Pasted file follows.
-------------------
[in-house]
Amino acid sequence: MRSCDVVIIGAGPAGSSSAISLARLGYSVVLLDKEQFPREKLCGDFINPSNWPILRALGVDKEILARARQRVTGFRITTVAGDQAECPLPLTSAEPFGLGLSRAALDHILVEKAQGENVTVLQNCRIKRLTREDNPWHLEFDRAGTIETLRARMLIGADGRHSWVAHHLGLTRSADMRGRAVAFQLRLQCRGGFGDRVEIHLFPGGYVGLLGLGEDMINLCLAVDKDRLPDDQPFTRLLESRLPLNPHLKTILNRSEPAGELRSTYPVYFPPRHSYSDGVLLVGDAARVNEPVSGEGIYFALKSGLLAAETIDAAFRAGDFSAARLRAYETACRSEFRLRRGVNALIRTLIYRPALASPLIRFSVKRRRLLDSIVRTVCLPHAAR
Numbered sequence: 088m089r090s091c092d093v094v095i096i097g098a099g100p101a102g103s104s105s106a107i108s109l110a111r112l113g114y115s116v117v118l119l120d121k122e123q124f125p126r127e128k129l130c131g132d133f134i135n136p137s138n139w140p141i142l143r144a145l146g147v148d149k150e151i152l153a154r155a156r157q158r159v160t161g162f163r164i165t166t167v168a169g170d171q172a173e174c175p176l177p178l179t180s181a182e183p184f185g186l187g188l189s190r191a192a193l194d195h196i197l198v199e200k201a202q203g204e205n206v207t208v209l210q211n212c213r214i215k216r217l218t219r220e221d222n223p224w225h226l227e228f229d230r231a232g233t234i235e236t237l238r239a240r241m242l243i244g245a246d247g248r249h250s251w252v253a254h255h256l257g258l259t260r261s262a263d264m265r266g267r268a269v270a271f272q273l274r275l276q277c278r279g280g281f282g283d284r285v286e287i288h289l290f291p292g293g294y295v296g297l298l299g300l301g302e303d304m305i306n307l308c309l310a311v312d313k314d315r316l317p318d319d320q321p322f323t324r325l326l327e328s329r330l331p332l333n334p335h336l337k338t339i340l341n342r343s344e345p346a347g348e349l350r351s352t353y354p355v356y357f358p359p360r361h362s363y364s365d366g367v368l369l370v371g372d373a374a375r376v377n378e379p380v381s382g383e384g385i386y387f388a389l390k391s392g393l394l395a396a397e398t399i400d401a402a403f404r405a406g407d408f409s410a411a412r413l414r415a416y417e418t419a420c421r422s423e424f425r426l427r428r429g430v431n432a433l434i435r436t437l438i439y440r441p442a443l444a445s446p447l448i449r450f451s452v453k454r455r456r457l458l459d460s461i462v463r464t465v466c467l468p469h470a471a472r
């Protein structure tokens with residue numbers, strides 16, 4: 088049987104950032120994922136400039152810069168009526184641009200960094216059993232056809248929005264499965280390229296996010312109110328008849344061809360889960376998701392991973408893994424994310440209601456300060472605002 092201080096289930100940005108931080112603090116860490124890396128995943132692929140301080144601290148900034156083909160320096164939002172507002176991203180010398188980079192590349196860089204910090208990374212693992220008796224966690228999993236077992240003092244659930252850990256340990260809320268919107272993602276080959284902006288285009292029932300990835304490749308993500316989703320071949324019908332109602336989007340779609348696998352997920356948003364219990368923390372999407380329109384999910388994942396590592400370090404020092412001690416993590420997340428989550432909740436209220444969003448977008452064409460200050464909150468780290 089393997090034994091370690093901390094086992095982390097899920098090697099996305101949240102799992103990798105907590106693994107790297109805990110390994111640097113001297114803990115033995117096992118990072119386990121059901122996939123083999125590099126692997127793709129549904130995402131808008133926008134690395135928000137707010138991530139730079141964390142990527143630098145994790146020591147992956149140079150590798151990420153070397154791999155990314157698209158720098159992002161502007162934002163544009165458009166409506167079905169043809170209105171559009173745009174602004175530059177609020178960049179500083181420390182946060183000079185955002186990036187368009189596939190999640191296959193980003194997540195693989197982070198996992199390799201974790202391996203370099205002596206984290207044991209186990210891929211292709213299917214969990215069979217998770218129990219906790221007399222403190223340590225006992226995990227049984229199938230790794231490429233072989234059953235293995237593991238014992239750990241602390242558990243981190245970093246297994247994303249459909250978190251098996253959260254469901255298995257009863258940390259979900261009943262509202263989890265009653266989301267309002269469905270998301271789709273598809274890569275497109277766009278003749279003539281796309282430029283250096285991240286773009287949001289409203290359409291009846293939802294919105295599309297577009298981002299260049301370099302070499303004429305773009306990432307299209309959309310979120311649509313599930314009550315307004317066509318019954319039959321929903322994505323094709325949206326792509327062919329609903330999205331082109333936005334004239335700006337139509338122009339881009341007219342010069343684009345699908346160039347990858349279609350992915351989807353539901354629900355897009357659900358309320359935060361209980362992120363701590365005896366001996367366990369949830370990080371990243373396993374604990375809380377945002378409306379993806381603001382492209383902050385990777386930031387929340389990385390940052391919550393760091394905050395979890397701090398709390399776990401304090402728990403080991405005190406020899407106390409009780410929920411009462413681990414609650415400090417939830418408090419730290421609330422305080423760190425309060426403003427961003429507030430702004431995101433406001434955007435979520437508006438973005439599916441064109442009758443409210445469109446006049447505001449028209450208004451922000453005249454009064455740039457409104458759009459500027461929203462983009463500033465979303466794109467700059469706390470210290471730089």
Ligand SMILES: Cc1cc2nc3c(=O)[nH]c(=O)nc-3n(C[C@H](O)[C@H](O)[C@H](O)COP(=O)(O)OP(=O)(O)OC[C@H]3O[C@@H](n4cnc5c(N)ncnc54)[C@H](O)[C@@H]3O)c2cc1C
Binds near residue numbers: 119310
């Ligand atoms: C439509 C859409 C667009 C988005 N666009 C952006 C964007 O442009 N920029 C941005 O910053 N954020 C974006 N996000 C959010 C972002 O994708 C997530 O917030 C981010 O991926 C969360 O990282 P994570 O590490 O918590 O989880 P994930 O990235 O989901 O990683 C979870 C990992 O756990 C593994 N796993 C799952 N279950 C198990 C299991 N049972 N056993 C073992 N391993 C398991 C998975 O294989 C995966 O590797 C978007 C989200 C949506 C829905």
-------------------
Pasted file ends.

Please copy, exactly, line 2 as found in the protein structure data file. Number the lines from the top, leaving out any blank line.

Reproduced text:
Amino acid sequence: MRSCDVVIIGAGPAGSSSAISLARLGYSVVLLDKEQFPREKLCGDFINPSNWPILRALGVDKEILARARQRVTGFRITTVAGDQAECPLPLTSAEPFGLGLSRAALDHILVEKAQGENVTVLQNCRIKRLTREDNPWHLEFDRAGTIETLRARMLIGADGRHSWVAHHLGLTRSADMRGRAVAFQLRLQCRGGFGDRVEIHLFPGGYVGLLGLGEDMINLCLAVDKDRLPDDQPFTRLLESRLPLNPHLKTILNRSEPAGELRSTYPVYFPPRHSYSDGVLLVGDAARVNEPVSGEGIYFALKSGLLAAETIDAAFRAGDFSAARLRAYETACRSEFRLRRGVNALIRTLIYRPALASPLIRFSVKRRRLLDSIVRTVCLPHAAR